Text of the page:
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Bryan W. asked a big question at a TechNet Event a couple of weeks ago:
This question brings up a pretty big topic: Hyper-V performance. And even more fundamentally it’s also a question of VHDs (Virtual Hard Disks) and how they perform based on their type or configuration.
The quick answer to your question, Bryan, is YES. Whenever you can get more spindles working on a problem you’re likely to get better performance. When I’m using differencing disks, I like to keep a parent disk on a different disk than the child disk. And this also applies if you’re deciding where you want to put virtual machine snapshots. Personally I like to keep my machine hard disks along with the machine configuration, but if I really wanted to squeeze out the best performance, I’d do things differently.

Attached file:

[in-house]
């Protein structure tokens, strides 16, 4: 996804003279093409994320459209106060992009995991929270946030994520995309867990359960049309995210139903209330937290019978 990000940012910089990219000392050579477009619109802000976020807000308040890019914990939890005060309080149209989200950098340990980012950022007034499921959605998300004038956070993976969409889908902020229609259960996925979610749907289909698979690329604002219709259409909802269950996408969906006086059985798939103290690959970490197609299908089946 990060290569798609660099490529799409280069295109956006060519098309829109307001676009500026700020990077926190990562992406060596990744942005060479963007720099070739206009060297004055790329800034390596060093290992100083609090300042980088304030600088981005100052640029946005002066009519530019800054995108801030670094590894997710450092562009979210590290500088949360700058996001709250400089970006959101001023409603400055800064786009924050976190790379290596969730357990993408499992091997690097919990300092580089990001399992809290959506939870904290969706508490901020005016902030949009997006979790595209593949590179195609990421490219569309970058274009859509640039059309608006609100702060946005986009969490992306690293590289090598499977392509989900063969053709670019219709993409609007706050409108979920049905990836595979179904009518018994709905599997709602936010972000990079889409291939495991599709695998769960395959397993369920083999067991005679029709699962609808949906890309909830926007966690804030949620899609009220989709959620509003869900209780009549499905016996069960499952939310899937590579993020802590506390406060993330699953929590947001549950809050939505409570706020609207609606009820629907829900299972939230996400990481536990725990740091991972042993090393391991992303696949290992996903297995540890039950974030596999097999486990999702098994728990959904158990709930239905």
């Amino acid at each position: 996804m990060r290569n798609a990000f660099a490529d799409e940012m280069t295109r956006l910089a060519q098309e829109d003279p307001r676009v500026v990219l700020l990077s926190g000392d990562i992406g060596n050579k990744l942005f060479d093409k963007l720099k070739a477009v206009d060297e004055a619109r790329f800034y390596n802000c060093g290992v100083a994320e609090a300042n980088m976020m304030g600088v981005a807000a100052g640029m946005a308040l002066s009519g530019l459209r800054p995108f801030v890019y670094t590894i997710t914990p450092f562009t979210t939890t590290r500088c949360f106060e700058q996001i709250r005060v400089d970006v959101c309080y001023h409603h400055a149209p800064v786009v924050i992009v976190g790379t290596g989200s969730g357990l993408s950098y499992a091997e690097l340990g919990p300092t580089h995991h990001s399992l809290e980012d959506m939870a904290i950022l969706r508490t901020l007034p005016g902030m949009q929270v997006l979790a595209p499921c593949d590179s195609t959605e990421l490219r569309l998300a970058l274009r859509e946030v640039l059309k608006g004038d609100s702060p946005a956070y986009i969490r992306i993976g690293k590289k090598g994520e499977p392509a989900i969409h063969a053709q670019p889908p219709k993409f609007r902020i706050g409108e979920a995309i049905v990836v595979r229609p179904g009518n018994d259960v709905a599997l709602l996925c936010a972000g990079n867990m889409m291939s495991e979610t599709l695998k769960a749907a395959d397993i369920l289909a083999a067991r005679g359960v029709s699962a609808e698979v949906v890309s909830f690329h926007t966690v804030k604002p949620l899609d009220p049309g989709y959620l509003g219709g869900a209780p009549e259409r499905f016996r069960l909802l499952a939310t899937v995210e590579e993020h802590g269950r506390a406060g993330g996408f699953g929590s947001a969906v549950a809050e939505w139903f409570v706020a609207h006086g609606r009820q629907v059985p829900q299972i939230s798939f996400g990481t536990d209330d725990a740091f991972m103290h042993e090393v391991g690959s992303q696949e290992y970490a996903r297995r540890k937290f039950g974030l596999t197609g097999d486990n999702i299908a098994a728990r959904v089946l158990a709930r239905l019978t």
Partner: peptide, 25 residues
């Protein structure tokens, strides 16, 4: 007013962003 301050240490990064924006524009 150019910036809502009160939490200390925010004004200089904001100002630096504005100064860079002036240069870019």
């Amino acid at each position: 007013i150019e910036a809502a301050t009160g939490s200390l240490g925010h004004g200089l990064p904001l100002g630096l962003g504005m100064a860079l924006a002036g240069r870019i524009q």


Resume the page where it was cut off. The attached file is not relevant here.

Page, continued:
“Are there any documents or pages out there that describe good performance practices for Hyper-V?”
Thankfully, yes. The document “Performance Tuning Guidelines for Windows Server 2008 R2” has a “Performance Tuning for Virtualization Servers” section, and pages 86-89 of that section provide a great discussion on optimizing storage I/O; such as this gem:
Physical Disk Topology VHDs that I/O-intensive VMs use generally should not be placed on the same physical disks because this can cause the disks to become a bottleneck. If possible, they should also not be placed on the same physical disks that the root partition uses.
A “Performance Tuning for the Storage Subsystem” section (page 24) also describes, in great detail, the options and their implications when configuring virtual machine storage.
And if you really want to know how to measure a virtual machines performance based on a number of factors (Disk, Memory, Network, and CPU), check out this “Measuring Performance on Hyper-V” article.
What about you? How are you wringing the most out of the performance of your Hyper-V installations and virtual machines? Share your best practices in the comments.